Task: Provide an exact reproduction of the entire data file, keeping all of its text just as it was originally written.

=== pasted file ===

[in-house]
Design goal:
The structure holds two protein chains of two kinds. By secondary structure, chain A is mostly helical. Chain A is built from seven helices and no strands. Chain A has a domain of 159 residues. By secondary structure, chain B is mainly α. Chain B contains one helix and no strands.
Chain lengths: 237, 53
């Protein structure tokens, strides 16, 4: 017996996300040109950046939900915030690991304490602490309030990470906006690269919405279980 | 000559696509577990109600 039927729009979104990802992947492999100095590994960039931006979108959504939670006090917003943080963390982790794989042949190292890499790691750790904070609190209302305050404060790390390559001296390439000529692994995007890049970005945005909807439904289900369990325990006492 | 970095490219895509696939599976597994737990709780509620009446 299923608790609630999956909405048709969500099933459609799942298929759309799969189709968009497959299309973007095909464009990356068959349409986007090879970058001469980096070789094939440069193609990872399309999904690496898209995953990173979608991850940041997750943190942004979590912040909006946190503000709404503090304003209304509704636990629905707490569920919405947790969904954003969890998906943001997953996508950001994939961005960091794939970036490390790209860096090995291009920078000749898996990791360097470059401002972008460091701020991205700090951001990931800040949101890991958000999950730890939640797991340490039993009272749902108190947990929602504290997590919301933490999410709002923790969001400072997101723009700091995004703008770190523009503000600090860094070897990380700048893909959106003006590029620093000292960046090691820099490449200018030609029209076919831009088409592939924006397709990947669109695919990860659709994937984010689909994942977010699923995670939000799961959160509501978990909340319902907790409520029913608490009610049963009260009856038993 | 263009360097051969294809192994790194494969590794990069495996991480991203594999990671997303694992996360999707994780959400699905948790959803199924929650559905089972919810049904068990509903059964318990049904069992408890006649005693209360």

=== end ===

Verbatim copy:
[in-house]
Design goal:
The structure holds two protein chains of two kinds. By secondary structure, chain A is mostly helical. Chain A is built from seven helices and no strands. Chain A has a domain of 159 residues. By secondary structure, chain B is mainly α. Chain B contains one helix and no strands.
Chain lengths: 237, 53
């Protein structure tokens, strides 16, 4: 017996996300040109950046939900915030690991304490602490309030990470906006690269919405279980 | 000559696509577990109600 039927729009979104990802992947492999100095590994960039931006979108959504939670006090917003943080963390982790794989042949190292890499790691750790904070609190209302305050404060790390390559001296390439000529692994995007890049970005945005909807439904289900369990325990006492 | 970095490219895509696939599976597994737990709780509620009446 299923608790609630999956909405048709969500099933459609799942298929759309799969189709968009497959299309973007095909464009990356068959349409986007090879970058001469980096070789094939440069193609990872399309999904690496898209995953990173979608991850940041997750943190942004979590912040909006946190503000709404503090304003209304509704636990629905707490569920919405947790969904954003969890998906943001997953996508950001994939961005960091794939970036490390790209860096090995291009920078000749898996990791360097470059401002972008460091701020991205700090951001990931800040949101890991958000999950730890939640797991340490039993009272749902108190947990929602504290997590919301933490999410709002923790969001400072997101723009700091995004703008770190523009503000600090860094070897990380700048893909959106003006590029620093000292960046090691820099490449200018030609029209076919831009088409592939924006397709990947669109695919990860659709994937984010689909994942977010699923995670939000799961959160509501978990909340319902907790409520029913608490009610049963009260009856038993 | 263009360097051969294809192994790194494969590794990069495996991480991203594999990671997303694992996360999707994780959400699905948790959803199924929650559905089972919810049904068990509903059964318990049904069992408890006649005693209360």